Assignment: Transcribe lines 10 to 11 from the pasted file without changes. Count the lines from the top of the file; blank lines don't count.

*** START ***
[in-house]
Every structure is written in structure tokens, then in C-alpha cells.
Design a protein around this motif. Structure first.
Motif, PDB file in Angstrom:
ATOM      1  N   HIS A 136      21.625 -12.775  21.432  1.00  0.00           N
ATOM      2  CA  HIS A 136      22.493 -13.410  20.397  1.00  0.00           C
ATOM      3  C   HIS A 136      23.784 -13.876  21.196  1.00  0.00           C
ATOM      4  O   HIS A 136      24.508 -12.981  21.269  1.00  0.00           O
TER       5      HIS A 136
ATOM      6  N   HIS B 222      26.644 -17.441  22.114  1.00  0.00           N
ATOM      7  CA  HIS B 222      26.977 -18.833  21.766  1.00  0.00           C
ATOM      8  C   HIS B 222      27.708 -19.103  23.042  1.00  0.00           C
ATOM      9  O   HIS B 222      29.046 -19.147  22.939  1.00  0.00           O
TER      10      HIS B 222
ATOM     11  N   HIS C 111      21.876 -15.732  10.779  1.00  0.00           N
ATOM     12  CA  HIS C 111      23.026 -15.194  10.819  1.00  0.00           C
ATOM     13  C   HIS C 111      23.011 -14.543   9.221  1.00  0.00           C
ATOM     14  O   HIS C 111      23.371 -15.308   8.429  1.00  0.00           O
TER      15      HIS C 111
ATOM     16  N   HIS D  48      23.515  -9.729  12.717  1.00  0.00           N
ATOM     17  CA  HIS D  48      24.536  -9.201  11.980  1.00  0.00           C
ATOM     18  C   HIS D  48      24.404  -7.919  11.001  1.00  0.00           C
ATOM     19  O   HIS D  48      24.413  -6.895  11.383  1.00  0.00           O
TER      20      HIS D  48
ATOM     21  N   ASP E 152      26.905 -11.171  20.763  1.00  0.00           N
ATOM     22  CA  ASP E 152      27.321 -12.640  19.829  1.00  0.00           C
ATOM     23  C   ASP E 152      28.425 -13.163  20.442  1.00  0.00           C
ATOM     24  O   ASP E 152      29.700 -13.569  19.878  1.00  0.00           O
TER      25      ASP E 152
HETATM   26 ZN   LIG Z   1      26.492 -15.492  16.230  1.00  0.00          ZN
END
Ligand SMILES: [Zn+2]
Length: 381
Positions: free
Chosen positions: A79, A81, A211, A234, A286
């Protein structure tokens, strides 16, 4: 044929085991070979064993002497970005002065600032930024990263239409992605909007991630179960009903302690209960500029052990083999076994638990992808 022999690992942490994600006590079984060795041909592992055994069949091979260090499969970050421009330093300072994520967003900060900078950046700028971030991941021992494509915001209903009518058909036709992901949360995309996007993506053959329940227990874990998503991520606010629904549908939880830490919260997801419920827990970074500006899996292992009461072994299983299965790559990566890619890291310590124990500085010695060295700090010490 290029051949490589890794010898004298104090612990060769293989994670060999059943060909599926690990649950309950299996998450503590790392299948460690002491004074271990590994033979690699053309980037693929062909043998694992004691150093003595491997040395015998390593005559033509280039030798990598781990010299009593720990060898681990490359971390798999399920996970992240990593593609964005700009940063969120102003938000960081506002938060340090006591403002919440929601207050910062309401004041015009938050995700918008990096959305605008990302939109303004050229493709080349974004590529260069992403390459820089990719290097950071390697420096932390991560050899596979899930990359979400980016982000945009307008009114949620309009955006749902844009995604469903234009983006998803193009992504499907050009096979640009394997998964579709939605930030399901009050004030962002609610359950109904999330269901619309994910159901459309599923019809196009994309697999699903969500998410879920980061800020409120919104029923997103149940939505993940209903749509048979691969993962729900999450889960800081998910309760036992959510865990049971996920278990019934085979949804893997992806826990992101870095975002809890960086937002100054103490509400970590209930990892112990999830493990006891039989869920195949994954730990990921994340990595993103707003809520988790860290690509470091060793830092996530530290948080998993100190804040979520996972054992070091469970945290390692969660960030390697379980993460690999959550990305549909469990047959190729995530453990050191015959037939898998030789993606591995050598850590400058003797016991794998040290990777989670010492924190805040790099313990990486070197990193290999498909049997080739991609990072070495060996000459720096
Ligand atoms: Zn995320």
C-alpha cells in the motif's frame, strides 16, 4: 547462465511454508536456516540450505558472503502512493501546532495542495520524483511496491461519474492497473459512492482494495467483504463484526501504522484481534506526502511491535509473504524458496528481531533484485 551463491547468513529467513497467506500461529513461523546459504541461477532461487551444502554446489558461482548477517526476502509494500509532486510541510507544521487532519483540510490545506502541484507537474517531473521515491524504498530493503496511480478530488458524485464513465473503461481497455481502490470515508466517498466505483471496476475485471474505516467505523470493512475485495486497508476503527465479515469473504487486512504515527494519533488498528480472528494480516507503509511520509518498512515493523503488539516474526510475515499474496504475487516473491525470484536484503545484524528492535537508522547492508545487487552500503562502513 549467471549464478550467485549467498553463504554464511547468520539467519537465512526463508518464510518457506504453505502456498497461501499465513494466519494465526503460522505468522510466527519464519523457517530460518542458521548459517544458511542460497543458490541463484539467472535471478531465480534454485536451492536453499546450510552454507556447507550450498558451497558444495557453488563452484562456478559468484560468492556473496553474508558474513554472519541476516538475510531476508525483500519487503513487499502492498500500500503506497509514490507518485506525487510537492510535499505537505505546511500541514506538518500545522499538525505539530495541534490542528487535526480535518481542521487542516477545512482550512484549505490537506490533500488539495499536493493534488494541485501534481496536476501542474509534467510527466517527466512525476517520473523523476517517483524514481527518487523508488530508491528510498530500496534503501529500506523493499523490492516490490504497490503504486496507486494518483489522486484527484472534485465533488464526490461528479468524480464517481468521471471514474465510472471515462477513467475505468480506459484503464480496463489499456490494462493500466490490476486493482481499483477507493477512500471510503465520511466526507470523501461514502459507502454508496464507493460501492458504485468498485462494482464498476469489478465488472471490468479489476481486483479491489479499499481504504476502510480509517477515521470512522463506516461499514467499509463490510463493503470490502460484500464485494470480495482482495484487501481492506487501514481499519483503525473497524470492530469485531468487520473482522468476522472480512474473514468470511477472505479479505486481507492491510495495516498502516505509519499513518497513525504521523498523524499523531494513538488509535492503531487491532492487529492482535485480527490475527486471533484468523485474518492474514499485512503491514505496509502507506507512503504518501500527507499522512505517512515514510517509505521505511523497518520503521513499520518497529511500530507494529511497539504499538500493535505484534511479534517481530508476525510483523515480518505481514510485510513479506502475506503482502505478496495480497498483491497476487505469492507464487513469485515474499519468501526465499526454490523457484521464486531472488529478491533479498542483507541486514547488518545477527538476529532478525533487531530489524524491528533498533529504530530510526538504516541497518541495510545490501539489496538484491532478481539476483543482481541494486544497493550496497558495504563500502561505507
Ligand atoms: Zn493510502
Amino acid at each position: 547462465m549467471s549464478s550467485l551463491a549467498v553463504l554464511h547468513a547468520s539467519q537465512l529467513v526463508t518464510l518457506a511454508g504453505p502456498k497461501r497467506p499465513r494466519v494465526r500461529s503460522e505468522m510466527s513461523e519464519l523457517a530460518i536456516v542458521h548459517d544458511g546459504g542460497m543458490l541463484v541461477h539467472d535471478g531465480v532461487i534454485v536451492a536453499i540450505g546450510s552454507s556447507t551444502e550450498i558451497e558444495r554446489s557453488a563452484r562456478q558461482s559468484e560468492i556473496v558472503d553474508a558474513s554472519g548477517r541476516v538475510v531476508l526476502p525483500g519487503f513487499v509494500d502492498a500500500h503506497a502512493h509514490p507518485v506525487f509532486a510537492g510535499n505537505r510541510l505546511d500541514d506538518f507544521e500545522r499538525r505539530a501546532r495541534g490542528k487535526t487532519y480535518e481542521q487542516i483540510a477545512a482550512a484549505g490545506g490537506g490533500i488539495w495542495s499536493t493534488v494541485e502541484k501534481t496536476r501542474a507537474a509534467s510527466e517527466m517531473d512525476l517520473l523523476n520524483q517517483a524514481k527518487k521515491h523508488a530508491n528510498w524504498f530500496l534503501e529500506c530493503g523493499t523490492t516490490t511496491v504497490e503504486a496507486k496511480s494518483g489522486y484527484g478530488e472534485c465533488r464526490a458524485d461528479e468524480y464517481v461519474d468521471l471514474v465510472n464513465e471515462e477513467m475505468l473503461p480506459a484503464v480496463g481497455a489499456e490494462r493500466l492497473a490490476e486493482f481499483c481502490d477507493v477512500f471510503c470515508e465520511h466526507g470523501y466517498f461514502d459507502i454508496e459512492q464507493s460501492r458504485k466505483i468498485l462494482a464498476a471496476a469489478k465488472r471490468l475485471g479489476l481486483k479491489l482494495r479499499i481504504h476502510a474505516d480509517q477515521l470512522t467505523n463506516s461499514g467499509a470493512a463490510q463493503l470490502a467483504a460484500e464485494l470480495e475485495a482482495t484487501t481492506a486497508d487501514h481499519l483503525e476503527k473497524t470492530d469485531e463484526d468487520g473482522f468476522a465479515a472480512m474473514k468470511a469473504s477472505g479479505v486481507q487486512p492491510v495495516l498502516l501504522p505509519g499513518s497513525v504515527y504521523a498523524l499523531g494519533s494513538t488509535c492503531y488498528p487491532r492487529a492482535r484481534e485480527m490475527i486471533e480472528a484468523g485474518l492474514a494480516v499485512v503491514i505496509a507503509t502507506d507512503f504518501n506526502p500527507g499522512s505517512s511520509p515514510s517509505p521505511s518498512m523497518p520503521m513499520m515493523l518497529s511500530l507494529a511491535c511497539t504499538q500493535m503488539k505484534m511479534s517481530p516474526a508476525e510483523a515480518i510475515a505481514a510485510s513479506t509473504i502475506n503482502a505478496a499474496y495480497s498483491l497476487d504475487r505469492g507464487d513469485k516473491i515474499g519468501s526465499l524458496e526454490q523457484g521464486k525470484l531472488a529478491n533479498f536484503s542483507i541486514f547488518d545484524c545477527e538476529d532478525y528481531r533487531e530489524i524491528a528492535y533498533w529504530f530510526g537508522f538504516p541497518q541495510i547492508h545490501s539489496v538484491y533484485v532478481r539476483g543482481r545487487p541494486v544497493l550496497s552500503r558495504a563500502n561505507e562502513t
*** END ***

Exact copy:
ATOM      6  N   HIS B 222      26.644 -17.441  22.114  1.00  0.00           N
ATOM      7  CA  HIS B 222      26.977 -18.833  21.766  1.00  0.00           C